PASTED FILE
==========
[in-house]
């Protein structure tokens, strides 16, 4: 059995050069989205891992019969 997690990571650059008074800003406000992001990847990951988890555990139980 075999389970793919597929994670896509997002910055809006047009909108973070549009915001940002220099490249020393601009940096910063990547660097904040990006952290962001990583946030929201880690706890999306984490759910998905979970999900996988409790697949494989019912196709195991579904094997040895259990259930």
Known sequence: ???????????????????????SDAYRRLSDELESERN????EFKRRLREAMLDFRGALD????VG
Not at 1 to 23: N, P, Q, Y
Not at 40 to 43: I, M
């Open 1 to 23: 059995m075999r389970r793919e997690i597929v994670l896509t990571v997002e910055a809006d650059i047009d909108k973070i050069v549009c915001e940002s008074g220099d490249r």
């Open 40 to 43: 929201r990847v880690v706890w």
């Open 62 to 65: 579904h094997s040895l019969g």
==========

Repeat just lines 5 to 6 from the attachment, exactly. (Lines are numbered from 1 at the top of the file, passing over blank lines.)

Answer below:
Not at 40 to 43: I, M
């Open 1 to 23: 059995m075999r389970r793919e997690i597929v994670l896509t990571v997002e910055a809006d650059i047009d909108k973070i050069v549009c915001e940002s008074g220099d490249r």